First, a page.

Donations to NHS, frozen season ticket prices… Stoke are doing it right

“Hi, Andy, it’s Joe here.” Joe who? Joe the chippy who once did some work on my kitchen?

Joe the old mucker from uni, reconnecting in these terrible times?

Judging by the completely unfamiliar number, it could have been any old Joe.

“Joe Allen.”

The Stoke City midfielder had read last Friday’s column, got hold of my phone number and wanted to say how he agreed with the criticism of grandstanding Tory MP Julian Knight, who had accused professional footballers of living in a “moral vacuum”.

Only there was one small thing.

Allen himself was referenced in the article as an example of a Championship player earning £60,000 a week.

That has been the widely-accepted figure since he signed a new contract in 2018, having joined Stoke from Liverpool two years earlier.

Joe, as politely as you could wish for, wanted to explain that his salary was not nearly that amount.

And by the end of the pleasant conversation, I was happy to acknowledge we had all got it wrong.

But why would he go to the trouble? Maybe because at Stoke City you are aware of your standing in a community that has had monumental struggles in recent times.

It might not be 60 grand a week, but Allen is well-remunerated and probably knows how incongruous that can look alongside the lifestyle of much of the local population.

Allen is emblematic of the club’s values.

Had it not been for a message on a social media notice board a few days ago, we would not have known that Allen had privately made a large donation to the Donna Louise Trust, a charity that runs a local hospice and is threatened by the financial impact of the coronavirus.

His donation had been matched by James McClean, a team-mate criticised here for his ill-judged ‘balaclava’ post – and fined two weeks’ wages by his club for it – but who has also provided funds to the fight against the pandemic in his native Derry.

They do things right at Stoke.

Yes, she earns riches behind the wildest imagination and you might frown at the way that exorbitant wealth has been accrued.

But Denise Coates, of the family that owns Stoke City, has donated £10million to a local NHS Trust to support its staff tackling the coronavirus crisis.

Stoke have made some terrible decisions in the transfer market, but their responsibility to the community has always been upheld.

Season-ticket prices frozen for over a decade, free travel to away games, replica shirts and thousands of tickets given to local children.

There are many other clubs who take their duty to their local populace as passionately as Stoke City.

When we are through this ordeal, let’s hope it is every single club.

If anyone at any club has doubted the importance of their role in everyday communal life, they should just reflect on the reaction to the initiative that has seen players cold-calling vulnerable supporters for a chat.

Unsurprisingly, Stoke City players have been doing it.

The lift it gives fans who might be struggling mentally and physically is lovely to see.

In the meantime, Allen is hoping to lose the protective boot that he needs in his long recovery from a ruptured Achilles tendon – an injury that would have kept him out of his country’s Euro 2020 campaign.

Hopefully, he will be fit and firing to pull on the Welsh jersey in the summer of 2021.

For doing what so many footballers are doing right now – and giving to the stricken communities that treasure their clubs – he deserves to.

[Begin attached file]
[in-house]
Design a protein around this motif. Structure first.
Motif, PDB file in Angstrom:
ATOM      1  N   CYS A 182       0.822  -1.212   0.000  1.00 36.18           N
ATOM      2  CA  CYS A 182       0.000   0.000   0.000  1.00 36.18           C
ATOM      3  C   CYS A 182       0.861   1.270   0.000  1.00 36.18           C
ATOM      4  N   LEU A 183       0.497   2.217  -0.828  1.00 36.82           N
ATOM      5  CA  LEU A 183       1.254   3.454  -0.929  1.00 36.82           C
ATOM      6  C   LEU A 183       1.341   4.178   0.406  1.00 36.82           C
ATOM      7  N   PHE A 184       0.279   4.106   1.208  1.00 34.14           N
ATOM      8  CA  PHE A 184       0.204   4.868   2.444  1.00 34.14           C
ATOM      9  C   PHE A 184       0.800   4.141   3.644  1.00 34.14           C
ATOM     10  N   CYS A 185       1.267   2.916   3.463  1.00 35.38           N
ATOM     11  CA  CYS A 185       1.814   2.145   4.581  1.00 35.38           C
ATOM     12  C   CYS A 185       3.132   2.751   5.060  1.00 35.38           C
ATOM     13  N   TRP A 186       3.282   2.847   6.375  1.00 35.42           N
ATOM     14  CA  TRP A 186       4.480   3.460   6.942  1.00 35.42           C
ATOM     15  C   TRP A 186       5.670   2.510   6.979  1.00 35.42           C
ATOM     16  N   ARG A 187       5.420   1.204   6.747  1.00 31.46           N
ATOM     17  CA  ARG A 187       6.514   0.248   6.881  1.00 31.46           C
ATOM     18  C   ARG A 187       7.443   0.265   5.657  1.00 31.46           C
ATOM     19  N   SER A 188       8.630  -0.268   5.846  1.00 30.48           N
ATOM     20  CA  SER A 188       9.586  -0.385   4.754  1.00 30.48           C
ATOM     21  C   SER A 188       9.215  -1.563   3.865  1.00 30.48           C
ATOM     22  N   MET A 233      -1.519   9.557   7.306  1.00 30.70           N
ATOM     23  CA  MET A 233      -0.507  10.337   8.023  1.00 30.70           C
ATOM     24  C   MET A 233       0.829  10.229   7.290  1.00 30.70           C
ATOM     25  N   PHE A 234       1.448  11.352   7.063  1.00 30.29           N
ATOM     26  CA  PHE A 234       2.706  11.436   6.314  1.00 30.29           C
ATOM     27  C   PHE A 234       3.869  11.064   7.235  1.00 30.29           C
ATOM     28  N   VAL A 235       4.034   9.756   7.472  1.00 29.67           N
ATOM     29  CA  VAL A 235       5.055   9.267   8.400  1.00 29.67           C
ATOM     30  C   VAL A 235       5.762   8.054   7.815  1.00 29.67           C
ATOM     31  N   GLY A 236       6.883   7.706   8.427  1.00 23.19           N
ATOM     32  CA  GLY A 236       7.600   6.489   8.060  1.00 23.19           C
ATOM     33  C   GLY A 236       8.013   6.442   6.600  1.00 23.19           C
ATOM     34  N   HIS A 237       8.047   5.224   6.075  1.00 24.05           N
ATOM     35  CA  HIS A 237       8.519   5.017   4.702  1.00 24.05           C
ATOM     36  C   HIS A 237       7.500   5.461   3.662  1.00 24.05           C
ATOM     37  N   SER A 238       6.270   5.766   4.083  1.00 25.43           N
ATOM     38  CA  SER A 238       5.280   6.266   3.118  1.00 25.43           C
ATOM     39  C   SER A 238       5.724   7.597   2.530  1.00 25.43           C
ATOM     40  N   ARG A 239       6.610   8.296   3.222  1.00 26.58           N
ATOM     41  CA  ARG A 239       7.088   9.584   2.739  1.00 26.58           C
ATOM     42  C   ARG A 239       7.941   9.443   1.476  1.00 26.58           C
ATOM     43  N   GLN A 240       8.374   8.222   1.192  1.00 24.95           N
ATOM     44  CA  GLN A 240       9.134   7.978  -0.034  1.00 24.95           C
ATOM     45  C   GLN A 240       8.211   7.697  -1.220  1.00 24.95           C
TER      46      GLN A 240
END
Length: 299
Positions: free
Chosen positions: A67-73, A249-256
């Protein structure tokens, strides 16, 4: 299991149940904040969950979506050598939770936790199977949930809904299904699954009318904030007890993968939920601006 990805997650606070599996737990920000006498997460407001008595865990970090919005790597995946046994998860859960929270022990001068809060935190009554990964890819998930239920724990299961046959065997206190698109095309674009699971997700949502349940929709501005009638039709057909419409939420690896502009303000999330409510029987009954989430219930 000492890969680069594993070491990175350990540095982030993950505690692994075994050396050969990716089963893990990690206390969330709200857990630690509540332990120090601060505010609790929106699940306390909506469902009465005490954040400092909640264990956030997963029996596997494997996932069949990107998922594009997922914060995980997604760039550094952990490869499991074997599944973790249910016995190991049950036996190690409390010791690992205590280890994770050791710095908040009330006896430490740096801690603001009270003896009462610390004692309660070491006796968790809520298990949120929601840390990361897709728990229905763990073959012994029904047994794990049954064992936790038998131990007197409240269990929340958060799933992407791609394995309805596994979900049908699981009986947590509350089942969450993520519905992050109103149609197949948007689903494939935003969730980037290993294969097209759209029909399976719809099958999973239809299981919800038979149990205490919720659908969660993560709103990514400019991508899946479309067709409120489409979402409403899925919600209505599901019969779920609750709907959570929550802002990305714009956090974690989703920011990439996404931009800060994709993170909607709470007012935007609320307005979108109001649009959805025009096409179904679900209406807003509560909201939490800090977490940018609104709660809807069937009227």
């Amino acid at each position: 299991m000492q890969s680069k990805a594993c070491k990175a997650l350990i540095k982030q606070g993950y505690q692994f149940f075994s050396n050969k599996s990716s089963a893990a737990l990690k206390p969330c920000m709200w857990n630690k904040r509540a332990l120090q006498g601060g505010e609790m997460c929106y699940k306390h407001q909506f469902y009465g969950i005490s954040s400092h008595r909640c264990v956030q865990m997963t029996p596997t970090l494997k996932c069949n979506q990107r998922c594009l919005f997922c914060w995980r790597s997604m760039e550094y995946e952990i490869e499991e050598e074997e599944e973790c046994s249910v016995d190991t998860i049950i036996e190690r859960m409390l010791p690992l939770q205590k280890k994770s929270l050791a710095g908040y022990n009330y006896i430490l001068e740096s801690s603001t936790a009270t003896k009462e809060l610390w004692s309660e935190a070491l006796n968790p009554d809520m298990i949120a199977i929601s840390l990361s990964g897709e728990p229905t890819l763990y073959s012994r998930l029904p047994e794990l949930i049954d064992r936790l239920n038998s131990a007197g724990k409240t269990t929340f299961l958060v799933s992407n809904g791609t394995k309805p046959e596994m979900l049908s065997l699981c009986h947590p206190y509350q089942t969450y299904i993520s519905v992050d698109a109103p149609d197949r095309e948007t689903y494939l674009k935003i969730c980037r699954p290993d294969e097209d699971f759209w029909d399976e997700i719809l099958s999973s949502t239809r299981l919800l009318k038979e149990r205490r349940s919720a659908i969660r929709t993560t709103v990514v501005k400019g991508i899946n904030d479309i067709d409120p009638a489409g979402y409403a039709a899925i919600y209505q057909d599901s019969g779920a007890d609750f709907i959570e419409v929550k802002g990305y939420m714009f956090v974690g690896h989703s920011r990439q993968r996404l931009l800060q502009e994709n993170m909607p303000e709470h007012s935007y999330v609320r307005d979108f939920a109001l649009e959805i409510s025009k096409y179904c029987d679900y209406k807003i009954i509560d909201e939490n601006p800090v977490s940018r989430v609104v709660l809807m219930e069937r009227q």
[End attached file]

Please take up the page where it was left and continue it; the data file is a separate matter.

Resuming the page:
100m game, set and match

To the man or woman, or men and women, at the All England Club who decided back in 2003 that it would be a good idea for Wimbledon to pay £1.5million a year in pandemic insurance, well done.

They are now looking at a claim in excess of £100million.

If the self-proclaimed best sporting competition in the world had that sort of foresight, maybe the Premier League and its players would not be embroiled in this unseemly wrangle over pay cuts and deferrals.

No way Jose

Normality has been quarantined in every walk of life – so it is no surprise football’s disciplinary routines appear to have been suspended.

There can be no other reason, for example, why Eric Dier has yet to be charged by the FA after his incursion into the stands after Tottenham’s FA Cup defeat to Norwich on March 4.

But if Jose Mourinho flouting Government instructions by holding a training session in a public park did not bring football into disrepute, it’s hard to know what does.

The only fight that counts

Apologies, but one final word on the preposterous president of UFC, Dana White.

Until UFC 249 was cancelled late on Thursday night, it seemed he still wanted to stage a bill on April 18 and was close to securing a private island to host the event.

He had said the UFC would be “pumping out fights every week”.

Dana, there is only one fight sensible, compassionate people are interested in.

And that is the one against a virus that threatens to change life forever.

Will anyone care if Qatar is cancelled?

Perhaps the United States Department of Justice should have waited until the coronavirus crisis had abated – fingers crossed – before accusing three FIFA officials of receiving bribes to vote in favour of Qatar hosting the 2022 World Cup.

FIFA says the World Cup in less than two years’ time will still go ahead in Qatar.

But, if it was a casualty of a revised post-Covid-19 footballing calendar, would anyone really care?

Champion effort

Just because coronavirus has halted sport, it should not mean champions are not saluted.

So congratulations Brian Hughes, champion jockey of a curtailed National Hunt season.

Anyone reaching the top of that sport deserves all the plaudits he or she gets.

Furlough a no-brainer for many clubs

In essence, Liverpool were emotionally blackmailed into reversing their decision to furlough a large chunk of non-playing staff.

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